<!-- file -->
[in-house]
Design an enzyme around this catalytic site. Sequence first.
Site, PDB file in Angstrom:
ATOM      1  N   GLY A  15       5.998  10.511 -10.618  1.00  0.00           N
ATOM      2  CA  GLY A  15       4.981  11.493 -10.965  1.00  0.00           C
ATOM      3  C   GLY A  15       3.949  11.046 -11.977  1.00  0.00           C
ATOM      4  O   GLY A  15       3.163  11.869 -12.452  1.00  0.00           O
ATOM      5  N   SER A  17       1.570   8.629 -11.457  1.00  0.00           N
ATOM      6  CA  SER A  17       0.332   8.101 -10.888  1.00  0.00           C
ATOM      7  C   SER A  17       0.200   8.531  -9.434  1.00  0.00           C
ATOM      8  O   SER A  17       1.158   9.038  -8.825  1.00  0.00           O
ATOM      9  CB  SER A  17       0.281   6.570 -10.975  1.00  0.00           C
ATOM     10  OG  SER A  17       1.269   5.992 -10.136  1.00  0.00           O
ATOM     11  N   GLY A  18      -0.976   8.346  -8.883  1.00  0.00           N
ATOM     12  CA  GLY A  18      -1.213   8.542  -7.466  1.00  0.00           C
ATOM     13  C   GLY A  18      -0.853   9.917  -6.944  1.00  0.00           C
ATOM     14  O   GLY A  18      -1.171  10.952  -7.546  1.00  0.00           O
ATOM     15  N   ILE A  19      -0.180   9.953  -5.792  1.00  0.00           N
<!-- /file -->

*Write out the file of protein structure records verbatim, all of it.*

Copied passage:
[in-house]
Design an enzyme around this catalytic site. Sequence first.
Site, PDB file in Angstrom:
ATOM      1  N   GLY A  15       5.998  10.511 -10.618  1.00  0.00           N
ATOM      2  CA  GLY A  15       4.981  11.493 -10.965  1.00  0.00           C
ATOM      3  C   GLY A  15       3.949  11.046 -11.977  1.00  0.00           C
ATOM      4  O   GLY A  15       3.163  11.869 -12.452  1.00  0.00           O
ATOM      5  N   SER A  17       1.570   8.629 -11.457  1.00  0.00           N
ATOM      6  CA  SER A  17       0.332   8.101 -10.888  1.00  0.00           C
ATOM      7  C   SER A  17       0.200   8.531  -9.434  1.00  0.00           C
ATOM      8  O   SER A  17       1.158   9.038  -8.825  1.00  0.00           O
ATOM      9  CB  SER A  17       0.281   6.570 -10.975  1.00  0.00           C
ATOM     10  OG  SER A  17       1.269   5.992 -10.136  1.00  0.00           O
ATOM     11  N   GLY A  18      -0.976   8.346  -8.883  1.00  0.00           N
ATOM     12  CA  GLY A  18      -1.213   8.542  -7.466  1.00  0.00           C
ATOM     13  C   GLY A  18      -0.853   9.917  -6.944  1.00  0.00           C
ATOM     14  O   GLY A  18      -1.171  10.952  -7.546  1.00  0.00           O
ATOM     15  N   ILE A  19      -0.180   9.953  -5.792  1.00  0.00           N